Exhausted and a little sunburnt, we headed back to the parking lot, peeled off the wetsuits, and returned to campsite. We prepared a second round of burritos. This time I got my spices just right - Hunter proclaimed this "the best goddamn burrito you've ever made." It's true. They were fantastic.
After supper we decided to head to Tofino Brewing Company again. Hunter wanted to check out an indoor bowl the owners had built for the employees to skate. We finished our beers at the bar (I had the kelp stout - smooth and absolutely delicious) and we were amazed when the bartender shook his head at our credit cards and said the round was on the house. He pointed to Hunter's "Tofino Surf Co." Hat he had purchased the previous day. "Thanks for reppin' the brewery, man." Hunter got his skateboard from the car and we headed to the side of the warehouse where the bowl had been constructed. Hunter ripped around that bowl for a good hour while I took photos.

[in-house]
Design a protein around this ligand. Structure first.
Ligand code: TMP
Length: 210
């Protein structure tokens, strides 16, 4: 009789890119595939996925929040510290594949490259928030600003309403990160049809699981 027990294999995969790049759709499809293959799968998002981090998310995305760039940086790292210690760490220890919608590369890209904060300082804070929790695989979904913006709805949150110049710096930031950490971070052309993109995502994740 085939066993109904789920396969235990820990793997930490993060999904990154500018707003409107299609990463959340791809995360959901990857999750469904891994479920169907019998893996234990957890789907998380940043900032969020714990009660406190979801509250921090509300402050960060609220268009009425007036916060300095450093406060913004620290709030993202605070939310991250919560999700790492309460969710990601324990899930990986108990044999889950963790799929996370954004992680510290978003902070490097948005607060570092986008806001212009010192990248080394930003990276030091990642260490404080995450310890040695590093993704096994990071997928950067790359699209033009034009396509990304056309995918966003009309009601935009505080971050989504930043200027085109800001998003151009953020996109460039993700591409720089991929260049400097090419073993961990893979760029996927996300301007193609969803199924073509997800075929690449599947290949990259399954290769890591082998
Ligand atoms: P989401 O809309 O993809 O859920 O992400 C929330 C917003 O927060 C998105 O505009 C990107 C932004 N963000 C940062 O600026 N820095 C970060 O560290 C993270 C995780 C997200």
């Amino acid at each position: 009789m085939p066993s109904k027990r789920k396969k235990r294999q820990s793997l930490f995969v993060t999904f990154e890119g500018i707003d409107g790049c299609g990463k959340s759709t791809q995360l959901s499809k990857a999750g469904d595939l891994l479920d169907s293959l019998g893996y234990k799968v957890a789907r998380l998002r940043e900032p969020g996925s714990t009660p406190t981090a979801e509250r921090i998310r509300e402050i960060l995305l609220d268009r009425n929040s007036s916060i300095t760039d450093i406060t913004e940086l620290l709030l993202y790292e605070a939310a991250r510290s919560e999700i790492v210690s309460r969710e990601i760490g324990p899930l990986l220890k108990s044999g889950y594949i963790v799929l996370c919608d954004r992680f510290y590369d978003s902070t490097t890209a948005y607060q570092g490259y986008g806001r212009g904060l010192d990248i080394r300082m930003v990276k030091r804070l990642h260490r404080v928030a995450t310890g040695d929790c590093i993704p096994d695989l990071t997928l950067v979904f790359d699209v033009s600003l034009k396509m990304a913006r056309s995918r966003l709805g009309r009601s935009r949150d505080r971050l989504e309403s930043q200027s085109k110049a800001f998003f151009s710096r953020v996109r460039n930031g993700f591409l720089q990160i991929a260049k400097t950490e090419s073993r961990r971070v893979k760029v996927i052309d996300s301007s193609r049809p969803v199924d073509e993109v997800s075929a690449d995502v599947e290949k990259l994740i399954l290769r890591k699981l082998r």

On Monday we woke up to rain. No worry, the surf would still be there. We made breakfast and packed up our campsite - this day would unfortunately be our last at Tofino. Following a tip from Live to Surf's employees, we headed to Cox Bay where a decent 3 ft swell was rolling onto the North end of the beach. We had again exchanged our rentals for shorter boards, this time opting for 7'6" length.